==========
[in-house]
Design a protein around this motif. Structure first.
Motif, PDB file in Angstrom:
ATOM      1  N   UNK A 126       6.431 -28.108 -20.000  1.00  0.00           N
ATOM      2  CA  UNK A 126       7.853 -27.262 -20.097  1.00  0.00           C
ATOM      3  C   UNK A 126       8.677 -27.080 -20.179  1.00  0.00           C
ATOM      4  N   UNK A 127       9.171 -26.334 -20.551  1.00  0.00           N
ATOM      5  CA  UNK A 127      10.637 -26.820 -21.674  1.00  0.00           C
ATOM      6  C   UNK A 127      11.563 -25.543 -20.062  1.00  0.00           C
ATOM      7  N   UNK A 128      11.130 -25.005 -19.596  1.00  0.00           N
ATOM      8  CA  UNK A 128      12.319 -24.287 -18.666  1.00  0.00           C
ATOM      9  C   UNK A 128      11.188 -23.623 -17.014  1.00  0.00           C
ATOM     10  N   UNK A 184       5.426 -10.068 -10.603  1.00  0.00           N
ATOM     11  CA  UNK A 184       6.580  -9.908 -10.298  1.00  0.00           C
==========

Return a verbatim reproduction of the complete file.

[in-house]
Design a protein around this motif. Structure first.
Motif, PDB file in Angstrom:
ATOM      1  N   UNK A 126       6.431 -28.108 -20.000  1.00  0.00           N
ATOM      2  CA  UNK A 126       7.853 -27.262 -20.097  1.00  0.00           C
ATOM      3  C   UNK A 126       8.677 -27.080 -20.179  1.00  0.00           C
ATOM      4  N   UNK A 127       9.171 -26.334 -20.551  1.00  0.00           N
ATOM      5  CA  UNK A 127      10.637 -26.820 -21.674  1.00  0.00           C
ATOM      6  C   UNK A 127      11.563 -25.543 -20.062  1.00  0.00           C
ATOM      7  N   UNK A 128      11.130 -25.005 -19.596  1.00  0.00           N
ATOM      8  CA  UNK A 128      12.319 -24.287 -18.666  1.00  0.00           C
ATOM      9  C   UNK A 128      11.188 -23.623 -17.014  1.00  0.00           C
ATOM     10  N   UNK A 184       5.426 -10.068 -10.603  1.00  0.00           N
ATOM     11  CA  UNK A 184       6.580  -9.908 -10.298  1.00  0.00           C